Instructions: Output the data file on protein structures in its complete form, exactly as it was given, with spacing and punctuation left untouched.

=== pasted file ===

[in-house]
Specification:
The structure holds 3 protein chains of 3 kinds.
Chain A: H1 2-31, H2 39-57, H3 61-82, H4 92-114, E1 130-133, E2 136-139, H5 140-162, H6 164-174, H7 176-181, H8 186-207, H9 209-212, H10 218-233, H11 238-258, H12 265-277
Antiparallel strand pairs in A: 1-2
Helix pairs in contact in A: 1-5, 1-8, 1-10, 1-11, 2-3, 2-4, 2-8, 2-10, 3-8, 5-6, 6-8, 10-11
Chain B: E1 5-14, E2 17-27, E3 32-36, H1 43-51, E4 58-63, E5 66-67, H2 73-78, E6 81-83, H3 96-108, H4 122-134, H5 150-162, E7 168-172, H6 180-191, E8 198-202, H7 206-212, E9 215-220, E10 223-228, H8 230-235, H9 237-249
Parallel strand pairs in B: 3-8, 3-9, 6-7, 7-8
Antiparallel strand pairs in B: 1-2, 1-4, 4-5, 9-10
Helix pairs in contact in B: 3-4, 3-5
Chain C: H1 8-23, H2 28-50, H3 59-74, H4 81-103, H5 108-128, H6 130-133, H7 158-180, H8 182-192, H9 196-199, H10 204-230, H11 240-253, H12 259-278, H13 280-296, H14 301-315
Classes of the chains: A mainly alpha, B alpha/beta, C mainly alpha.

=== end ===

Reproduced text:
[in-house]
Specification:
The structure holds 3 protein chains of 3 kinds.
Chain A: H1 2-31, H2 39-57, H3 61-82, H4 92-114, E1 130-133, E2 136-139, H5 140-162, H6 164-174, H7 176-181, H8 186-207, H9 209-212, H10 218-233, H11 238-258, H12 265-277
Antiparallel strand pairs in A: 1-2
Helix pairs in contact in A: 1-5, 1-8, 1-10, 1-11, 2-3, 2-4, 2-8, 2-10, 3-8, 5-6, 6-8, 10-11
Chain B: E1 5-14, E2 17-27, E3 32-36, H1 43-51, E4 58-63, E5 66-67, H2 73-78, E6 81-83, H3 96-108, H4 122-134, H5 150-162, E7 168-172, H6 180-191, E8 198-202, H7 206-212, E9 215-220, E10 223-228, H8 230-235, H9 237-249
Parallel strand pairs in B: 3-8, 3-9, 6-7, 7-8
Antiparallel strand pairs in B: 1-2, 1-4, 4-5, 9-10
Helix pairs in contact in B: 3-4, 3-5
Chain C: H1 8-23, H2 28-50, H3 59-74, H4 81-103, H5 108-128, H6 130-133, H7 158-180, H8 182-192, H9 196-199, H10 204-230, H11 240-253, H12 259-278, H13 280-296, H14 301-315
Classes of the chains: A mainly alpha, B alpha/beta, C mainly alpha.